“That’s your basic checklist, but the main thing is to be switched on at every scrum. Attention to detail is key.”

Corbisiero has had plenty of time to work on his approach to the scrum. He began playing rugby at school in Wimbledon at the age of five, less than a year after his family had moved to England from New York, and he’s been a prop from the start.

“My body-type was probably always suited to being a prop so I got stuck in there straight away and always enjoyed it.”

Prior to his England Saxons debut against Russia in the Churchill Cup in 2010, Corbisiero received word that Ireland were keen to coax him into a green jersey.

Corbisiero’s mother was born in England but to parents from Dublin. Declan Kidney knew of the Irish connection and the Ireland boss got in touch with Bob Casey at London Irish to pass on the message.

He was flattered by the approach, but Corbisiero wasn’t interested in pursuing it.

“Since I started playing rugby, representing England was what I had always wanted,” says Corbisiero, who made his senior England debut against Italy in last year’s Six Nations.

“Playing for England at Twickenham is a very special experience and I was really proud to play there again against Ireland a couple of weeks ago.

“I won’t tear, but you do feel the emotion building up inside you and you’re very aware of it, especially when you’re singing the anthem in front of a crowd like that.”


Away from rugby, Corbisiero can often be found watching mixed martial arts or dabbling in some hip-hop — check out his England ‘initiation rap’ on YouTube.

“It’s just a bit of banter with the boys, it’s not something I do seriously.”

However, his main focus away from the game is a BA degree in history. He’s been studying part-time for it at the University of London Birkbeck College for the past two years and has one more to go.

But the degree isn’t just a safety net for life post-rugby. He says: “It’s something I do have a lot of interest in so mainly it’s to keep myself busy and mentally stimulated, but it’s also something to have for the future. It’ll be important to have when I finish playing.”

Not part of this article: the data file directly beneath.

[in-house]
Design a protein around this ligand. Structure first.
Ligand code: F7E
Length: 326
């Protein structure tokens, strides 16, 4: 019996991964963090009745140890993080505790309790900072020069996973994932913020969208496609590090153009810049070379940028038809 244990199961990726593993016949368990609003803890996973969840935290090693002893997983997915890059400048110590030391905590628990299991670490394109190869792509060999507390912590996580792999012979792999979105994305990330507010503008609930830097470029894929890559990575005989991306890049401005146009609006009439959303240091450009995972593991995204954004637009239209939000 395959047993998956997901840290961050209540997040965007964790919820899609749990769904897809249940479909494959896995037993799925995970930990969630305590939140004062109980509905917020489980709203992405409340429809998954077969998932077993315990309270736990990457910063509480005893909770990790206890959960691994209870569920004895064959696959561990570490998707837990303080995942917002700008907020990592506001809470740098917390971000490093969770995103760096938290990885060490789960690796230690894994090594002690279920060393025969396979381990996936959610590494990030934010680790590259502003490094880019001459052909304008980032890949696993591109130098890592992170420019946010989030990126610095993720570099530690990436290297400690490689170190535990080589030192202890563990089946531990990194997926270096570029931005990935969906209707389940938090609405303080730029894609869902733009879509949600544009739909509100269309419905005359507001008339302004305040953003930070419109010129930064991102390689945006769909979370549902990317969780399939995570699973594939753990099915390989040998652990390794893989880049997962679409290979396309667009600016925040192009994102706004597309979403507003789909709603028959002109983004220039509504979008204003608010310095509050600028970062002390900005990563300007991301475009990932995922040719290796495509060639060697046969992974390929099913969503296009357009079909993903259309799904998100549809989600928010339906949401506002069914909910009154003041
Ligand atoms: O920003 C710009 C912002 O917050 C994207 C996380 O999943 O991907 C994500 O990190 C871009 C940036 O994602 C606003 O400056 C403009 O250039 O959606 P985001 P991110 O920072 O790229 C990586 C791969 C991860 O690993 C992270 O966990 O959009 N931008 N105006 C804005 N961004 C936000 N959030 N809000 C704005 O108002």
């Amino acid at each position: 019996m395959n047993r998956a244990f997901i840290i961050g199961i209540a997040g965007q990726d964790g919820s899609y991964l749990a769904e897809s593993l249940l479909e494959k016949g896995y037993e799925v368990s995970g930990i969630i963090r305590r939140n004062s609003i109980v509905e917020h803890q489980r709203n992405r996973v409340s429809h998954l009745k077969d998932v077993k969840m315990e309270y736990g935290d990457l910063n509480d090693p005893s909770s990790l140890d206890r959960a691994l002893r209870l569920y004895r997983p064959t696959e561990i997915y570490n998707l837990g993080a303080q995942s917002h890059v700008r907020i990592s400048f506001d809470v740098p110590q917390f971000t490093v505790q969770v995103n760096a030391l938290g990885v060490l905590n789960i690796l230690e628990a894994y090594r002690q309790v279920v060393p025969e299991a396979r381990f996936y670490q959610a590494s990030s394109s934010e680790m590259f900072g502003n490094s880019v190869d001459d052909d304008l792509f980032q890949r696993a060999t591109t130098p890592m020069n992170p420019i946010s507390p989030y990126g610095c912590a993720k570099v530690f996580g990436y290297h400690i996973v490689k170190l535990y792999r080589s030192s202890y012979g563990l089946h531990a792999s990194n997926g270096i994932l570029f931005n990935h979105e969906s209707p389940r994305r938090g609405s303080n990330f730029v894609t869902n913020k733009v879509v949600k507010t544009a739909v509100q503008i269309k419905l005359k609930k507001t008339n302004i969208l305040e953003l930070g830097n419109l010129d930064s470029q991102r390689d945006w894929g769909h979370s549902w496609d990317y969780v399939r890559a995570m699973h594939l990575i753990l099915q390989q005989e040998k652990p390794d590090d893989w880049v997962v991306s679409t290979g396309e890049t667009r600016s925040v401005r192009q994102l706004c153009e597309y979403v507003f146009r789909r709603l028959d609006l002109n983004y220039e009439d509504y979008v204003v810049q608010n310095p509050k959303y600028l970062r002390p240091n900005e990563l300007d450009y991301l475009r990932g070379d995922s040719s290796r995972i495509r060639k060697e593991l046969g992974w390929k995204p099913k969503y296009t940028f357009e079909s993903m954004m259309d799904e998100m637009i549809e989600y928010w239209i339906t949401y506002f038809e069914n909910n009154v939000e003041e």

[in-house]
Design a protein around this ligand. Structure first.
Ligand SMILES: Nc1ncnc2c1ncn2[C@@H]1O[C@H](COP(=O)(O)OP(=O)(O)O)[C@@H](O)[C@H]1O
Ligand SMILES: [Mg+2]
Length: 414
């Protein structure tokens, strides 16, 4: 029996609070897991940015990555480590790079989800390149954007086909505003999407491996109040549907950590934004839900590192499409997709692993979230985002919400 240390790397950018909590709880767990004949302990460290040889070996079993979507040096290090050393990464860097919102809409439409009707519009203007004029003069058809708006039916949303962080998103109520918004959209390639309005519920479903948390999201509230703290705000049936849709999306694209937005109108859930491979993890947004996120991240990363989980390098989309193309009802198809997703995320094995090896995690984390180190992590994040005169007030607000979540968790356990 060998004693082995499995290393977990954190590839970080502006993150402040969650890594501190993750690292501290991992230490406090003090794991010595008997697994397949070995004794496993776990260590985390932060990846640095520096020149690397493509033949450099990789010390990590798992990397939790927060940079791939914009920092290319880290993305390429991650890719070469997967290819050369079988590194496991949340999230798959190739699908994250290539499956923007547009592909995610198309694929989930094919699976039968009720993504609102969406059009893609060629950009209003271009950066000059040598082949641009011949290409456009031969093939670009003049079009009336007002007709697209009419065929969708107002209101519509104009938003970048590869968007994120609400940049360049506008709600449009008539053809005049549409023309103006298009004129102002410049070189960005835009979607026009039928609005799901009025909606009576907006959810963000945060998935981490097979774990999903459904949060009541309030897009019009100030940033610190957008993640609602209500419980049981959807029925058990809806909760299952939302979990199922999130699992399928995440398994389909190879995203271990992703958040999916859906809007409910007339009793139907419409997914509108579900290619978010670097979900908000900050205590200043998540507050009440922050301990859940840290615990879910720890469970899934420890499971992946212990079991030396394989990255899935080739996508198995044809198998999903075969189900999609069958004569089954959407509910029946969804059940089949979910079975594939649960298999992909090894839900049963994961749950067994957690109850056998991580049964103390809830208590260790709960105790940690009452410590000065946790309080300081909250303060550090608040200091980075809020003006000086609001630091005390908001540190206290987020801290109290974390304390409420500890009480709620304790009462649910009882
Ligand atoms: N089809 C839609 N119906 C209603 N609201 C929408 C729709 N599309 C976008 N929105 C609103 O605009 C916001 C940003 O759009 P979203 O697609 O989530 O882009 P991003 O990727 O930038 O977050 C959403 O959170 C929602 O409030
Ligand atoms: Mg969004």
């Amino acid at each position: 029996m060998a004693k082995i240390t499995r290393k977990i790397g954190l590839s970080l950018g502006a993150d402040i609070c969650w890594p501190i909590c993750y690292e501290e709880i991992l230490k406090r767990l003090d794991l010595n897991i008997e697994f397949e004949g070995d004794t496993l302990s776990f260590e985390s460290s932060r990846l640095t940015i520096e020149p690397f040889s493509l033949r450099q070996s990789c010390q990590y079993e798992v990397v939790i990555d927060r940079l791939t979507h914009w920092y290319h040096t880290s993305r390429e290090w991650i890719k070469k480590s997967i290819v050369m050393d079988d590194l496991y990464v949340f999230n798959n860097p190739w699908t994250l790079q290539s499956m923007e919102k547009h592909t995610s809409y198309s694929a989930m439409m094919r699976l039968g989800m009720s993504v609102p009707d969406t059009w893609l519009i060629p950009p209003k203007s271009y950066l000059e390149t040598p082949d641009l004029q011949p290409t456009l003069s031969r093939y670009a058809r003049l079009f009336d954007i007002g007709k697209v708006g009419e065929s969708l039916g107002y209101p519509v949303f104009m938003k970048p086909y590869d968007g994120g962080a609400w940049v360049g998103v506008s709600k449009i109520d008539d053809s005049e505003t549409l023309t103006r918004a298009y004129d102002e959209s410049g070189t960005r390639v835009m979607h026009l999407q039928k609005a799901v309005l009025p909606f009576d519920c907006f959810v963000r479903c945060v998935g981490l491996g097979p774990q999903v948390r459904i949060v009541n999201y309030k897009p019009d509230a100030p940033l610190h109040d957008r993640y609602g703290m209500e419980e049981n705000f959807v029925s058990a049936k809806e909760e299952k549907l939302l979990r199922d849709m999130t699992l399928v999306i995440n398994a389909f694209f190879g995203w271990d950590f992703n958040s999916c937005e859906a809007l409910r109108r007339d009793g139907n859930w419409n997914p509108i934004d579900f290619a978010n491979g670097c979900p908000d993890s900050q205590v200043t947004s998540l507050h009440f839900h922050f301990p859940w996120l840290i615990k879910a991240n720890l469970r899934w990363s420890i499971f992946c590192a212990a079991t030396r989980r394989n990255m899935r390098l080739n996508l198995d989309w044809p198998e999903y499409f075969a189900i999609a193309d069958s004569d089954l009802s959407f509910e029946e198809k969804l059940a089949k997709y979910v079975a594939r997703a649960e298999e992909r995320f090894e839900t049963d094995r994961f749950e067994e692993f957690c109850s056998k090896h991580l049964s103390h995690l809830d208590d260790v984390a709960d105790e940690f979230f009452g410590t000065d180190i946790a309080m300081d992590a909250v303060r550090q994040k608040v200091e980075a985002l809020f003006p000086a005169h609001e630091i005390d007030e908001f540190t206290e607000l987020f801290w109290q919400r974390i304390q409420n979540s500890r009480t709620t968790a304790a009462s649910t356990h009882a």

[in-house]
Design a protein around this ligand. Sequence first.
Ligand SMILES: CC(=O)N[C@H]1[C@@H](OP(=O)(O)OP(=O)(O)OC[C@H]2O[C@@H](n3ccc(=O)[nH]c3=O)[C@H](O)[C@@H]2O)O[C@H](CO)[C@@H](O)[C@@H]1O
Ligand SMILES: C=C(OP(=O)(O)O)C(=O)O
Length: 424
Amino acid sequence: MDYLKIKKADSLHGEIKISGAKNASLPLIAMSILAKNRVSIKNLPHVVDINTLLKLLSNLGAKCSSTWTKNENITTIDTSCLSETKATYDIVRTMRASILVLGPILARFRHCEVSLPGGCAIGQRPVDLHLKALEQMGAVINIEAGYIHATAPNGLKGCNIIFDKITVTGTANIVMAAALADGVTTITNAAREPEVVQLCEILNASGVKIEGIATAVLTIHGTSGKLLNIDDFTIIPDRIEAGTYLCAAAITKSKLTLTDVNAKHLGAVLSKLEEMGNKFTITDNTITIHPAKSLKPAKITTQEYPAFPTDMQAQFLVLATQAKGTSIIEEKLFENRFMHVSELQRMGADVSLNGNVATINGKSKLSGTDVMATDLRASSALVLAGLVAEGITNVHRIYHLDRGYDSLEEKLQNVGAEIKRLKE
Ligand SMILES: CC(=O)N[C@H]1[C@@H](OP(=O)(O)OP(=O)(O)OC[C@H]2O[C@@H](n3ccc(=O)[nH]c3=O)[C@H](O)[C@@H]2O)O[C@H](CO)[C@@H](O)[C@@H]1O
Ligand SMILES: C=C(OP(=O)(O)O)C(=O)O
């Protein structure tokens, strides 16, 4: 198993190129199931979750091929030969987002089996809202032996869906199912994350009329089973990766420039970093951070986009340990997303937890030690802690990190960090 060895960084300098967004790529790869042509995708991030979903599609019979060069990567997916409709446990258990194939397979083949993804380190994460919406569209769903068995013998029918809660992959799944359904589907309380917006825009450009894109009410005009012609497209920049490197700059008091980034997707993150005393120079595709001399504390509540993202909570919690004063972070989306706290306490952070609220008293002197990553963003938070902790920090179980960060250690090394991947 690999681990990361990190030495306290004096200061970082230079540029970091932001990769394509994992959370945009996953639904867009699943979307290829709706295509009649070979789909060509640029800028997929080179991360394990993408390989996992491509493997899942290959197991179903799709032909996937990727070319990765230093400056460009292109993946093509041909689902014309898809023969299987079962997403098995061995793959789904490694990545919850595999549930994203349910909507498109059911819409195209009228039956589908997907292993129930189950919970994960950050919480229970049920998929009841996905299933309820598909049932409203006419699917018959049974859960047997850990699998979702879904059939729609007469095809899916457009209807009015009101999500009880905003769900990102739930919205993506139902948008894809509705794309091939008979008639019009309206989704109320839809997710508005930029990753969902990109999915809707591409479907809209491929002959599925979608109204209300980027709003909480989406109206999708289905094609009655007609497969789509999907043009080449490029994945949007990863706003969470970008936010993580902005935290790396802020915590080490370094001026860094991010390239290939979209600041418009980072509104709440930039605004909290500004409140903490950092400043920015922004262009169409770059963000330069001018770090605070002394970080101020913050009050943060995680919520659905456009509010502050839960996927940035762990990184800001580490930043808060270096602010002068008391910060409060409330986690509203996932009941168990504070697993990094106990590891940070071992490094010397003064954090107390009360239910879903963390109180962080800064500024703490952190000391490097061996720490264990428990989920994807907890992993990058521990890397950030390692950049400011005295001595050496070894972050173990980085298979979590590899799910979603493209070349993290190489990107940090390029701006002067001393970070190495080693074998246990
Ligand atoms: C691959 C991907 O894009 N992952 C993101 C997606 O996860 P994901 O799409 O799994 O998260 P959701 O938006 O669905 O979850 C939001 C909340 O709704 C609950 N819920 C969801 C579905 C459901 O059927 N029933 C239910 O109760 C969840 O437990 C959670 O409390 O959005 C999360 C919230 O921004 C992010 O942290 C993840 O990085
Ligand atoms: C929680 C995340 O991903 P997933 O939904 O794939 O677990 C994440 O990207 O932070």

The transition from professional sportsman to civilian is not uppermost in Corbisiero’s mind. He is, after all, far closer to the beginning than the end of his career.

He turned 20 a week before making his London Irish debut against Wasps in 2008 and, 72 appearances later, he’s one of the club’s marquee men.

They were narrow runners-up to Leicester Tigers in the Premiership at the end of his first season; Corbisiero was introduced as a replacement in that 10-9 final defeat at Twickenham.

Now 23, he stresses that their ambition for the remainder of this season is to secure Heineken Cup rugby for 2012/13, but they may have left that challenge too late.

Corbisiero refers several times to rebuilding for next season, which is clearly the priority for the club following the recent addition of Brian Smith to the coaching staff.

There have been some promising signings too, among them Scottish international hooker Scott Lawson, England Saxons lock George Skivington and 24-times capped Ireland scrum-half Tomás O’Leary.

The Munster man has struggled over the last 18 months, but Corbisiero believes London Irish can help O’Leary rediscover the form that earned him a Lions call-up in 2009.

“Everyone here, the coaches and the players, will be looking to get the best out of him, to have the best Tomás O’Leary playing every week. That’s what I’m expecting to happen.

“We’ve got good scrum-halves here already but he’ll really strengthen us. To have a player of that calibre coming in is really exciting for the club.

“We’ve got a very competitive squad already as it is, but bringing in an experienced international, who’s been picked for the Lions, a Heineken Cup and Celtic League winner, the list goes on — it’s going to be nothing but a massive addition for us.”

It was 2005 when Alex Corbisiero first joined the academy at London Irish and next season will be his fifth as a first-teamer. His contract has a year left to run and he’ll have plenty of interest from elsewhere.

He’ll decide on where his future lies when the time comes, but there’s no disguising his desire to ensure that his best days in a London Irish shirt are still to come.

“This is the club I’ve always been at and I’m still very happy here. I’ve got another year on my contract and we’ll go from there, but I really enjoy it at London Irish.

“I want to hopefully grow more in a leadership role in the squad. The club means a lot to me, I’m very grateful for what they’ve done for me and I really want to play a part in bringing success to the club.”